Tagum City, located 55 kilometers north of Davao City, is the only city in Davao Region which has no natural attractions to offer among its guests and visitors.
To lure people from neighboring areas, those from other parts of the country and even foreigners, the city hosts fourteen festivals throughout the year. Among the famous ones are the Musikahan and Durian Festivals.
Fortunately, Hijo River traverses Tagum. Originating from Compostela Valley, it is a stream whose estimated terrain elevation is 8 meters above sea level. The river was so famous that a sprawling 760-hectare property is named after it: Hijo Resorts Davao.
But before that, the place is noted for its thriving banana and coconut plantation. It made history when a shipment of Cavendish bananas were exported to Japan in 1969 – the first banana plantation in the Philippines to do so.
In April, 1986, Jose “Boy” Tuason acquired the property and gave its present name. By 2012, Hijo has established itself as the first and only eco-agri tourism destination of the country. It earned such description by “using the property’s natural landscape as a way to increase awareness and promote sustainable tourism and nature conservation.”
And it is for this that the group of third year journalism students from the Ateneo de Davao University decided to visit the place as their main feature for a magazine each group was producing.
I accompanied the students as one of the mentors and to be a judge of their outputs later on. But what made the visit interesting was the resort’s guided tours at the banana plantation and the 60-hectare century old forest. It also offers a river cruise.
Let’s take a closer look at these tours. During the plantation tour, we learn how the planting materials of Cavendish bananas are produced. From there, we moved to packing house, where newly-harvested bananas are brought. The bananas are weighed first before they are separated from the trunk. They are fully cleaned and then dried before they are packed for export.
A bonus was a first-hand lecture and demonstration on how they manufactured fresh and organic coco products for global market – including the coco sugar, which is good for diabetics.
The forest tour was a completely different story. Having grown-up in the city, most of the students never experienced getting inside a forest. Most of them were awed when the saw hundreds of wild pigs and Philippine long-tailed macaques freely roaming around inside the forest.
Although we were inside the van, I was able to take a closer look at the animals. In fact, I was able to take a good shot of a monkey breastfeeding her child. The macaques are endemic in the Philippine forests and woodlands and they can be found mostly in areas where mangroves thrive.
To really get deeper into the forest, we had to do a canopy walk in the 9 hanging bridges that were tied to trees called “dao.” Wikipedia gives this brief description: “(Dao) is a tropical canopy tree distinguished mostly by its height (reaching up to about 45 meters) for its greyish-brown trunk which is branchless up to about 20 meters, and for its narrow buttresses which can reach up its trunk up to 6 meters high.”
When we got down from the hanging bridges, we followed the ground trail which brought us back to the place where we started. Along the way, we witnessed the beauty of lush foliage of various endemic flora in the wild.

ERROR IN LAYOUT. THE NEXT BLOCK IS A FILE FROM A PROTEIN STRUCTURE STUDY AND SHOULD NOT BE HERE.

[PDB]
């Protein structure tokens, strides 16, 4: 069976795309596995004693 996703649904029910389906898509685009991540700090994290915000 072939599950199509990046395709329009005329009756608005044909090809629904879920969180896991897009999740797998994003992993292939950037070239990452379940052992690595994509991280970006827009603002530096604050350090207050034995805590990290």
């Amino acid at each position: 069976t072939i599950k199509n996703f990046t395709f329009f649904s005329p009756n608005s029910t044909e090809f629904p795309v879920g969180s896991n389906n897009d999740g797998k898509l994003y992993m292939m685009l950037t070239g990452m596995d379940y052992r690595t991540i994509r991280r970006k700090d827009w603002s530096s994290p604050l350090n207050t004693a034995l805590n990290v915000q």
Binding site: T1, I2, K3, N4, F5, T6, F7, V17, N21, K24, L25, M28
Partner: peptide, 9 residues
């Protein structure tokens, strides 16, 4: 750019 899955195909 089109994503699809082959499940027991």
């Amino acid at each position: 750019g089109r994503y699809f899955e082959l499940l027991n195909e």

One of those that really caught the attention of the students was the rattan called “palasan.” “How can this become a chair when it is so thorny?” one wondered. The guide had to stop and explain the process of harvesting rattan poles.
The river cruise was also very interesting. Here, you get to see the beauty of the century old mangrove forest along the Madaum river. You also get a glimpse of different species of birds inhabiting the area. If you like adventure, you can roam around the place using the kayak.
We ended our tour at The Spot, a dampa-style restaurant which has been Halal-certified by the Department of Tourism. Diners can choose to first go fishing and crabbing and bring their catch to the kitchen, which the chef can prepare as per The Spot’s menu.
But then, people flock to this resort because of Banana Beach, which is named so because it is located inside the banana plantation. If you don’t like going to the beach, you can always take a deep at its cozy infinity pool.
Not far from the infinity pool is a man-made reefs under the Banana Beach waters. Here’s a statement from the resort on how it came to be: “Harry Morris, a marine biologist, spearheaded the resort’s efforts to build and maintain a healthy ocean environment in Davao Gulf. Twenty artificial reefs, known as ‘bommies,’ were created out of recyclable scrap metal and porous stones.”
The “bommies” were transferred to the waters fronting Banana Beach. Although the operation was completed in 2016, Morris continues to monitor the development of the reefs, implanting coral and keeping track of the plankton and pelagic fish that have now become their home.
Aside from kayaking at the river, other water sports activities you can do are jet-skiing, snorkeling, and paddle boarding.
Now, if you’re going to stay, there are places to stay. Along the four-kilometer stretch of beach are casitas which complements the tropical vibe of the resort. There are two types available: the air-conditioned premium casitas and the classic casitas which are built to look like the traditional bahay-kubo.
These are just some of the few activities you can do at Hijo Resorts Davao’s 177-hectare banana plantation, 92-hectare coconut plantation, 60-hectare forest and 4.5-kilometer river.